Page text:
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ASHI: All Sky Heliospheric Imager

Bernard Jackson - Center for Astrophysics and Space Sciences; Andrew Buffington - Center for Astrophysics and Space Sciences, United States; Philippe Leblanc - Center for Astrophysics and Space Sciences, United States; Ed Stephan - Center for Astrophysics and Space Sciences, United States; Matthew Bracamontes - Center for Astrophysics and Space Sciences, United States; P. Paul Hick - Center for Astrophysics and Space Sciences, United States; Stephen Kahler - Air Force Research Laboratory, United States; Mario M. Bisi - UK Research and Innovation - Science & Technology Facilities Council - RAL-Space, United Kingdom

Space Weather Instrumentation

Abstract

We have conceived, designed, and are now evaluating components for an All-Sky Heliospheric Imager (ASHI), to fly on future NASA missions. ASHI’s principal objective is the timely acquisition of a precision photometric map of the inner heliosphere. The instrument optical design views a hemisphere of sky starting a few degrees from the Sun. A key photometric specification for ASHI is 0.1% differential photometry in a one-degree sky bin at 90 degrees elongation. This enables the three dimensional (3-D) reconstruction of heliospheric density starting from near the Sun and extending outward, with updates as heliospheric structures approach, and pass the spacecraft. SMEI, and now STEREO HI imager analyses, have demonstrated the success of this technique: a similar analysis with ASHI data is expected to yield 3-D density reconstructions better than 2 x 2 degrees in latitude, and longitude, and 2-hour time resolutions near the spacecraft.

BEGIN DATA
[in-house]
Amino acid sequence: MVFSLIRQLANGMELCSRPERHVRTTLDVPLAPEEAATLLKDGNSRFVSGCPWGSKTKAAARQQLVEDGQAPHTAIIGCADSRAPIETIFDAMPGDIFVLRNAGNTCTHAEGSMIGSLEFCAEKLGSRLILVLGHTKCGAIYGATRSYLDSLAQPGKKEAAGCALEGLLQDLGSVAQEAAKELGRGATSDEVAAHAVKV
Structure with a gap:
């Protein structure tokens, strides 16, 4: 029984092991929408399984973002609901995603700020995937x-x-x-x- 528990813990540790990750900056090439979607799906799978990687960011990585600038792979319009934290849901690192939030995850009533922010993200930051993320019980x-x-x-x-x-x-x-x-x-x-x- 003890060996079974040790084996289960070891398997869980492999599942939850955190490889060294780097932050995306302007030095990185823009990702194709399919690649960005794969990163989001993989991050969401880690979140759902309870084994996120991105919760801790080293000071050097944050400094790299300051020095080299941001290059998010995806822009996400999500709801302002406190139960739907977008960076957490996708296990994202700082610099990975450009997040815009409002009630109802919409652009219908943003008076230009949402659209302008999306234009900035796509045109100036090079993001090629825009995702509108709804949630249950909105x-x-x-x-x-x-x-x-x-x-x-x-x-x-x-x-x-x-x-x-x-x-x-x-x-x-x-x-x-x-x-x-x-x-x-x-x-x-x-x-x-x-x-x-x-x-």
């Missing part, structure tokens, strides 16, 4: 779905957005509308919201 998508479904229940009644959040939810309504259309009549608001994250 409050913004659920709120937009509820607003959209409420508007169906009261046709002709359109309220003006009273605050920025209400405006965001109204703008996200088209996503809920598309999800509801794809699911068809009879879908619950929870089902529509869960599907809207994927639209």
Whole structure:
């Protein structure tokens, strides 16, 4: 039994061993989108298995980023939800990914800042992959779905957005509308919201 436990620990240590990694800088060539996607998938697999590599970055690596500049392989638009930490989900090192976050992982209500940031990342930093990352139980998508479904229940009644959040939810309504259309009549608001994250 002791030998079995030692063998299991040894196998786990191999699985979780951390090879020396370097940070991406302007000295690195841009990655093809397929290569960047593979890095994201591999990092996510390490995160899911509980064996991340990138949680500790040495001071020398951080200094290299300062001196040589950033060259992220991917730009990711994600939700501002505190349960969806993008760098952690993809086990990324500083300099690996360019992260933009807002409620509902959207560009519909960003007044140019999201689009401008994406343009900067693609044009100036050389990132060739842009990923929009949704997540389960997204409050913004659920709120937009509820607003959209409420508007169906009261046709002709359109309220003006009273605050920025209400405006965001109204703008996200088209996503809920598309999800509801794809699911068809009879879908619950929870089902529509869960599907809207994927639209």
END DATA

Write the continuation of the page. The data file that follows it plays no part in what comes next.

This July 2020 we were given a go-ahead by the Columbia Scientific Balloon Facility, Palestine Texas, and NASA, to prepare ASHI for a powered topside balloon test flight in the summer 2021. Here we present the latest results of the ASHI laboratory evaluations, and nighttime full-sky tests of the instrument data sets.

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Approaching deadlines:

Registration opens:

16 July 2020

Abstract submission opens:

16 July 2020

European Space Weather Medals:

6 September 2020

Registration deadline:

25 September 2020

Registration deadline: [extended]

10 October 2020

Abstract submission deadline:

4 September 2020